The assets of the eastside woodworking business have been scheduled for sheriff’s sale on Friday. The IRS in December sued the proprietor. With the IRS taking its proprietor to court docket and a financial institution pursuing foreclosures, an Erie woodworking business has filed for Chapter eleven bankruptcy safety for the second time in approximately 15 years. According to courtroom statistics, Dovetail Gallery Inc., 352 E. 18th St., close to Parade Street, filed in the U.S. Bankruptcy Court in Erie on Thursday, the day before its assets were to go to a sheriff’s sale.
The filing stayed the sheriff’s sale. Unclear is how the filing will affect the IRS’ Dec. 18 lawsuit in opposition to Dovetail Gallery’s owner, Gary Cacchione. That match names handiest Cacchione, and now not his commercial enterprise, as a defendant; however, the health claims that Cacchione failed to properly cope with $317,000 in worker withholding taxes for employees at Dovetail Gallery. Cacchione has not yet responded to that suit, filed in U.S. District Court in Erie, and on Monday, he couldn’t be reached for comment at Dovetail Gallery, which stays open. A man or woman who replied the telephone stated Cacchione turned into not inside the office.
Dovetail Gallery specializes in upscale, custom-designed millwork for clients nationwide, inclusive of casinos and restaurants. The business additionally makes furnishings.
Cacchione, in 2017, said his business, founded in 1985, had 20 employees. He said he expected to feature 10 personnel soon.
In the financial disaster case, Dovetail Gallery, in its Chapter 11 petition, predicted its wide variety of lenders at one hundred to 199, its property at $500,001 to $1 million, and its liabilities additionally at $500,001 to $1 million. The enterprise’s 20 largest unsecured creditors, consistent with the petition, consisted of UPMC Health Plan, owed $21,000 for medical health insurance, and GDM LLC, a contractor in Fairfax, Virginia, owed $a hundred and five,000 in a disputed claim.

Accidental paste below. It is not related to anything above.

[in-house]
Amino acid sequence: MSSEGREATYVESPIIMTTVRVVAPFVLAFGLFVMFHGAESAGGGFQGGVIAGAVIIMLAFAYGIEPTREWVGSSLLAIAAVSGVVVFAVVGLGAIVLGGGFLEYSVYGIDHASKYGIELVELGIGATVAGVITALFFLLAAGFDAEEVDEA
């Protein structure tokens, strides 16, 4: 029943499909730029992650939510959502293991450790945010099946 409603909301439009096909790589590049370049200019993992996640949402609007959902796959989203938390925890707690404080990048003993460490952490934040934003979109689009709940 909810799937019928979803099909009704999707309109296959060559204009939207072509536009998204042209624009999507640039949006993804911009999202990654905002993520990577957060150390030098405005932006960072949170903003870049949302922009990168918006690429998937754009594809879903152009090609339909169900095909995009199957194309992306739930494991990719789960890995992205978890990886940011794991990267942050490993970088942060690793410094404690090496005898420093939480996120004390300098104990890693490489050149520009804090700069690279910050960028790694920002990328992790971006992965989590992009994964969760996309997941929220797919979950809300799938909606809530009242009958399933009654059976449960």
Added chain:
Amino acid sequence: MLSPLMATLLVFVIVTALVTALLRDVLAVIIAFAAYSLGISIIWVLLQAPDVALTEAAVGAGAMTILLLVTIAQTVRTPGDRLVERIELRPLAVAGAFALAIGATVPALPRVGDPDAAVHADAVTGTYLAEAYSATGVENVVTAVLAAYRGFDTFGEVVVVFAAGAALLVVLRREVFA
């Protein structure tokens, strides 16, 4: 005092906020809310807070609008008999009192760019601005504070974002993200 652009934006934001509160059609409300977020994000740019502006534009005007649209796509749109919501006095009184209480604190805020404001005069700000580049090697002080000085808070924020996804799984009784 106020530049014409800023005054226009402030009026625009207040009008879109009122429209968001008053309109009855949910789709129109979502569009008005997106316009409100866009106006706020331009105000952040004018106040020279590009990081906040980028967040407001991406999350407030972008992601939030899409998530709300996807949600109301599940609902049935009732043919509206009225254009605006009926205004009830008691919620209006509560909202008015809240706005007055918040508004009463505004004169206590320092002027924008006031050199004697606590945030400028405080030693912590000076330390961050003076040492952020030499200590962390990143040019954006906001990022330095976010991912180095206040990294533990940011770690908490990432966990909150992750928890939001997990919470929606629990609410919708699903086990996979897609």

Other lenders, consistent with court facts, consist of the IRS and the state Department of Revenue, which has filed liens in opposition to Dovetail Gallery. Their claims are expected to be specified in later financial ruin filings.
Another creditor, in keeping with the bankruptcy records filed on Thursday, is Northwest Bank, which holds the mortgage on the Dovetail Gallery belongings and is owed $152,000. Negotiations failed for a “paintings-out agreement” among Northwest and Dovetail Gallery, which led Northwest to pursue a sheriff sale scheduled on the Erie County Courthouse on Friday, in step with courtroom statistics.
Chapter 11 protection allows a debtor to reorganize to pay its lenders through the years. In the case of Dovetail Gallery, a Chapter 11 reorganization will permit the commercial enterprise to live open and “maximize” the cost of its belongings to pay creditors and others; Dovetail Gallery’s bankruptcy lawyer, Michael Kruszewski, wrote in a submitting on Thursday. He could not be reached for comment.
Dovetail Gallery filed for Chapter 11 in October 2003. The case turned into closed in February 2006, in step with court docket records, with a plan for the business to pay its creditors, including the IRS.
In the separate federal match in opposition to Cacchione on Dec. 18, the Department of Justice’s Tax Division, performing on behalf of the IRS, sued Cacchione over claims that he owes $470,000 in taxes, consisting of the $317,000 in worker withholding taxes. The match additionally claims Cacchione owes $153,000 in private taxes based totally on his federal income tax returns for the tax yr 2007 and 2013 through 2016.
T, employers must deduct the quantities from employees’ paychecks and remit the money to the federal government underneath the Federal Insurance Contributions Act, called FICA. Those employment taxes are held in belief for the government.
The withholding taxes move in the direction of Social Security, Medicare, and federal taxes. Employees whose taxes aren’t remitted are not penalized. But section 6672 of the IRS Code, which governs withholding taxes, allows the IRS to penalize “all of us who is required to accumulate, administer and pay over the tax and who willfully fails to accomplish that.”